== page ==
What Is Insomnia?

Insomnia is a sleep disorder that affects millions of people around the world. Most of us in our lives will suffer from insomnia to some degree, yet few people seek professional help.

Insomnia is a complex and wide ranging condition that is yet to be fully understood by science or the medical profession. Short term insomniacs may experience daytime sleepiness, irritability, anxiety, a lack of energy and an inability to concentrate on simple tasks. Chronic sufferers however, can find the condition extremely debilitating, resulting in serious mental health issues such as depression. In the worst cases, insomnia can prove to be fatal, for example falling asleep whilst driving.

Insomnia Definition

Insomnia is a symptom, and not a disease in it’s own right. In it’s broadest terms, it can be defined as difficulty in falling asleep, staying asleep, or a combination of both. On balance, younger insomniacs have more trouble falling asleep whilst older sufferers will more likely have problems staying asleep.

Types Of Insomnia

Insomnia is a slippery beast, and making a diagnosis can be very tricky. This is in part because the way we judge the quality of our sleep is highly subjective. The only way to truly measure the quality of your sleep is to spend a night being monitored in a sleep laboratory. However, there are recognized classifications that can help you understand the scale of your sleep problems:

Primary insomnia – this is when the individual is having sleep problems that cannot be attributed to any other medical condition or disease ie there are no known physical or psychological causes.

Secondary insomnia is the result of a pre-existing health condition. It is the most common type of insomnia. Illness may directly affect the quality of your sleep, for example in the case of respiratory problems. Similarly, pain and discomfort caused by illness or injury can seriously affect how well you sleep. Secondary insomnia can also be caused by a number of psychological or mental health issues such as stress, anxiety and depression.

Insomnia varies in how long it lasts and how regularly it occurs. Short-term symptoms are described as acute insomnia, lasting for a few days up to a few weeks. Chronic insomnia is a more serious condition, often needing medical intervention.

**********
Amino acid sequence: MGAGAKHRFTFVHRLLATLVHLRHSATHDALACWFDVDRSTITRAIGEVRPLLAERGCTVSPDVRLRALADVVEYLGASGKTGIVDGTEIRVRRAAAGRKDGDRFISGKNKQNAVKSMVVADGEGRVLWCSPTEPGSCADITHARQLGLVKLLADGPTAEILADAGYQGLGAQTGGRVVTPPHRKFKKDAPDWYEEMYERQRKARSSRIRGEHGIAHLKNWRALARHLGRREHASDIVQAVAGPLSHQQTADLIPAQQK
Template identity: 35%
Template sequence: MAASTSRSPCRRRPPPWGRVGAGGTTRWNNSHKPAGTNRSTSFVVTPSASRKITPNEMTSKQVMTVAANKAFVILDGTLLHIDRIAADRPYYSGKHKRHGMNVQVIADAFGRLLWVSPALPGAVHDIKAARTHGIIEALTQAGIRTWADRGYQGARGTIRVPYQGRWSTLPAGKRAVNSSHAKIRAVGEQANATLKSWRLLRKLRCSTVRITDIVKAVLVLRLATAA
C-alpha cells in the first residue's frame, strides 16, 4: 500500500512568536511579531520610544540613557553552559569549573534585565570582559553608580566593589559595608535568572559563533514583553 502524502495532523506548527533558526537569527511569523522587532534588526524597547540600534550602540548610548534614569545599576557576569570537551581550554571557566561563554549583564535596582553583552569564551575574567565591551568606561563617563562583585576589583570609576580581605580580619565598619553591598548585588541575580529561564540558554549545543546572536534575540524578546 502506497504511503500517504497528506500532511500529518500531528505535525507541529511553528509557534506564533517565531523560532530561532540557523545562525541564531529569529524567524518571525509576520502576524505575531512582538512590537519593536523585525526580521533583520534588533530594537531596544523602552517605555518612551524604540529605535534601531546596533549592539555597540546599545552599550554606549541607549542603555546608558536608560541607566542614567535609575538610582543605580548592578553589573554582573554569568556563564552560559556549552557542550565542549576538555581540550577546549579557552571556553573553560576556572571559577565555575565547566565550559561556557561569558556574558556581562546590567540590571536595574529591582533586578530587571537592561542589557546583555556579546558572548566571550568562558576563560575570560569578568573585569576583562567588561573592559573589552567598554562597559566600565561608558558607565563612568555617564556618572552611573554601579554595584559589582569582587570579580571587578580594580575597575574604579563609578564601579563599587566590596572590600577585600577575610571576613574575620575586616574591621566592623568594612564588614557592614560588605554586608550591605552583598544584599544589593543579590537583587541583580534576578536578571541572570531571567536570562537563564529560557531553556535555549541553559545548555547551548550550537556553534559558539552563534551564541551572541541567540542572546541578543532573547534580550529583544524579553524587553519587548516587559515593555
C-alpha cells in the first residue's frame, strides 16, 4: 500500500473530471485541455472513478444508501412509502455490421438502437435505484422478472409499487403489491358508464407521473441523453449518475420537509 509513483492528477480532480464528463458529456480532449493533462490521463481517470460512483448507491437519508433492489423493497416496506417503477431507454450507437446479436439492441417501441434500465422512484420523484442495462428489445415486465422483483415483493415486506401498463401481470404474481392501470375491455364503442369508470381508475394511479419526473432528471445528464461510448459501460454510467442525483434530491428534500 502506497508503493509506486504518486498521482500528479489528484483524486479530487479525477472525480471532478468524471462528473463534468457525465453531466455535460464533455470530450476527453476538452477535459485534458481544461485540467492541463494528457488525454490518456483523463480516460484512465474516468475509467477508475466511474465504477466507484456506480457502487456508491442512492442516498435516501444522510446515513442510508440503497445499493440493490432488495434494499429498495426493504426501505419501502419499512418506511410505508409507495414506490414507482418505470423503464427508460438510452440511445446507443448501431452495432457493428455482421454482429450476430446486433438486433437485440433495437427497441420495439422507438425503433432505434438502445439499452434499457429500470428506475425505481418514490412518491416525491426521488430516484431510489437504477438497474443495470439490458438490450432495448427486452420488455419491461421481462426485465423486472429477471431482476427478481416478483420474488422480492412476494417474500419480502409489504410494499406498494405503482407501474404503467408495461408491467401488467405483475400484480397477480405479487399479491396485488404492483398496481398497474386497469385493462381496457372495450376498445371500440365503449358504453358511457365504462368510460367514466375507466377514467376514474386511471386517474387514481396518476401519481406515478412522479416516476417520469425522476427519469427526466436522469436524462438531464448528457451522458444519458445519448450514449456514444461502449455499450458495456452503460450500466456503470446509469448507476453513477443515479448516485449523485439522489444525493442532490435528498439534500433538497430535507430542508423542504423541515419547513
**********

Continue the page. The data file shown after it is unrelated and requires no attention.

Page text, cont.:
Causes of Insomnia

There are a wide range of physical, psychological and environmental factors that can cause insomnia. Some of the most common causes of acute insomnia include:

  • stress related ( relationships, financial, study/exams, work)
  • illness or disease
  • physical discomfort
  • psychological or mental health issues (such as anxiety or depression )
  • environmental factors (extremes in noise, light or temperature)
  • irregular sleep schedule (ie from jet-lag, shift-working)
  • side effects of medication
  • use of stimulants ( ie caffeine, tobacco, narcotics)

Chronic insomnia can be caused by:

  • ongoing depression/anxiety
  • serious discomfort or pain at night, sleep apnea
  • chronic stress

Insomnia Symptoms

The symptoms of insomnia depend on which type of sleep disorder you have. However, most people suffering from sleep deprivation and insomnia experience some or all of the following:

  • difficulty falling asleep
  • waking several times during the night
  • waking early and not being able to get back to sleep
  • drowsiness or daytime sleepiness
  • an inability to focus or concentrate
  • irritability/ short temper
  • short attention span
  • poor memory

Types of treatment

Prescription Drugs (Sleeping Pills)
The majority of over the counter treatments for insomnia are so called ‘hypnotic’ drugs, AKA sleeping pills. However, many physicians are wary of prescribing pharmacological treatments such as Benzodiazepines for long term sleep disorders as patients can develop a tolerance to their medication after a week or two, rendering the drugs ineffective and potentially habit forming.

Over the counter (OTC) treatments
Several products have been FDA approved in the US to be sold as sleep aids. The main ingredient of these is a form of antihistamine. Also used in treating allergies and hayfever, antihistamines have the effect of inducing drowsiness in some patients.
Herbal remedies
There are many types of natural herbs and supplements that have been used to treat insomnia. Evidence of their success is mainly anecdotal, due to a lack of large scale scientific research and testing, but certain herbal remedies such as valerian have proven to be moderately effective in clinical studies. Other natural herbs that have been used to treat insomnia include chamomile, lavender, hops and passion-flower.

Natural sleep aids
Recently there has been increased interest in the use of natural supplements such as melatonin and tryptophan to treat sleep disorders. Melatonin is a naturally occuring hormone that the body uses to regulate it’s natural sleep cycle. Tryptophan is an amino acid that is used to form serotonin which is one of the most important brain chemicals or neurotransmitters used to regulate the body’s sleep/wake cycle.

Non Medical Treatment

Cognitive Behaviour Therapy
CBT is the most widely used form of non-drug treatment for insomnia. It is a form of behavioual therapy which consists of a package of treatments including sleep restriction, stimulus control, cognitive therapy and relaxation techniques. Many physicians recommend CBT over medication for treating chronic insomnia because of the long lasting effects it can have.

Other forms of sleep therapy

There are many other types of non-medication based treatments that can help improvethe quality of your sleep. They include various form of sound and light therapy, meditation and relaxation techniques and even treatments based on Eastern practices such as Chinese and Ayurvedic medicine.